Ghana convicts Nigerian for impersonation

Ghana’s National Identification Authority has convicted a Nigerian for impersonation.

The Asokore Mampong District Magistrate Court sentenced the Nigerian, Usman Emmanuel to a fine of 250 penalty units, equivalent to GH¢3,000.

In default, Usman will spend 6 months in prison.

The country’s local media report Ms that Emmanuel, a resident of Sawaba in Kumasi, posed as a Ghanaian in order to acquire a Ghana Card, contrary to the law.

The NIA said Usman carried a Ghanaian Birth Certificate and went through the registration process and was left to be issued with the Ghana Card.

“It was at this point the Regional Registration Officer (RRO) of NIA in the Ashanti Region suspected the applicant was not a Ghanaian. The RRO quickly handed him over to the Police CID at Adum, Kumasi, for further investigation.

The investigation established that despite being in possession of a valid Ghanaian Birth Certificate, Usman Emmanuel was not a Ghanaian,” the statement dated March 13 read

The suspect was then arraigned and charged with the offence of falsely providing information about himself contrary to section 17 (C) of the National Identification Authority Act 707 (Act 2006).

At the end of the trial, the court found him guilty of the offence.

On the registration of the Ghana Card, the NIA said that “any foreign national, legally resident in Ghana, and with a valid resident permit can register for the Non-Citizen Card which is issued at various designated centres across the country including the NIA Headquarters.”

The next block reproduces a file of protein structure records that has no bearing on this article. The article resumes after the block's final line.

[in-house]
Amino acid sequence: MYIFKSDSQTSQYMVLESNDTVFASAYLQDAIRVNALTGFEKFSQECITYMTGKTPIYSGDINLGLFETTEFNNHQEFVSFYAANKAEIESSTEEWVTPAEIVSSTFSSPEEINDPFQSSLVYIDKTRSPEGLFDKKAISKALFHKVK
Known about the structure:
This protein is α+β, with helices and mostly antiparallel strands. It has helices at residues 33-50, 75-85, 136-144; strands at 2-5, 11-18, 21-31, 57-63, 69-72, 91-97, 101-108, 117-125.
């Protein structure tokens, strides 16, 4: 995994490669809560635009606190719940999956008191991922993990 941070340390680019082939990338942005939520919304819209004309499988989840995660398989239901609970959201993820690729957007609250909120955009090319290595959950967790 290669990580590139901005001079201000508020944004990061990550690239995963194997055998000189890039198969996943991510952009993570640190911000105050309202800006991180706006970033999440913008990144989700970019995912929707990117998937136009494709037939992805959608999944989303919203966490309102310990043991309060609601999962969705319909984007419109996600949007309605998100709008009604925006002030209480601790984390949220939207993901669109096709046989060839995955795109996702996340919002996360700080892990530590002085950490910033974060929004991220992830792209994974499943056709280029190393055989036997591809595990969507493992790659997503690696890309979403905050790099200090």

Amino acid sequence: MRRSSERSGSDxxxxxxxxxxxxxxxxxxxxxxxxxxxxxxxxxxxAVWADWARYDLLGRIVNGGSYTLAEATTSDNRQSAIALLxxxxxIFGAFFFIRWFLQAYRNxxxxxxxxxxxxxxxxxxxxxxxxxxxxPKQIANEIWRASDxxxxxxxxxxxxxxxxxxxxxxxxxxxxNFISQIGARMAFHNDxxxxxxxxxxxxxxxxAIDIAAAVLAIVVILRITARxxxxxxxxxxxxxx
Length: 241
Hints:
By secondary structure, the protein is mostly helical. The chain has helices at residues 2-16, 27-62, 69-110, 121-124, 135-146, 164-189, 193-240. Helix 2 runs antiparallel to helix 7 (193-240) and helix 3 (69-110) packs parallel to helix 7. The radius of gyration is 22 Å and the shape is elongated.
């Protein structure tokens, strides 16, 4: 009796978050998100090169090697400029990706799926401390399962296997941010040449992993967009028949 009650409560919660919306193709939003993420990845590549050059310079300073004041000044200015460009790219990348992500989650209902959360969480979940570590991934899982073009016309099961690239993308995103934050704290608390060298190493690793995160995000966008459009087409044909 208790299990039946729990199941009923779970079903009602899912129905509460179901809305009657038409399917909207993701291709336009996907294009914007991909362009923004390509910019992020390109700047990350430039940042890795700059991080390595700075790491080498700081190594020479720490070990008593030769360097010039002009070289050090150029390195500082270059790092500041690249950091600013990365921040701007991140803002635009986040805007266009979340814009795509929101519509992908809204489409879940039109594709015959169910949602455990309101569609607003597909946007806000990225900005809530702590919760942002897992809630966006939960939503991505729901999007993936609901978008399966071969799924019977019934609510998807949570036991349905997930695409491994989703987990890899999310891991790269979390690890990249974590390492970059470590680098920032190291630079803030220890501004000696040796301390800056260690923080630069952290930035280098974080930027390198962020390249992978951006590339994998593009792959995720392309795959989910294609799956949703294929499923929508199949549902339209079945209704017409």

The Cornet reports that Nigeria and Ghana have a history of state-driven deportations of each other’s nationals. Ghana had expelled Nigerians living in its country in 1954 and, later 1969.

With Nigeria’s oil boom in the 1970’s, the country became attractive to Ghanaians and other Africans. The period saw an exodus of Ghanaians trooping into the country and taking up various jobs, particularly odd jobs.

Nigeria’s oil economy was subsequently weakened, due to mismanagement and official corruption.

In 1983, Nigerian leader Shehu Shagari adopted a policy that saw to the expulsion of one million Ghanaians.

The infamous ‘Ghana-Must-Go’ policy of the Shagari regime strained relationship between the two African neighbors, which has for a long time maintained cautious affection for each other.



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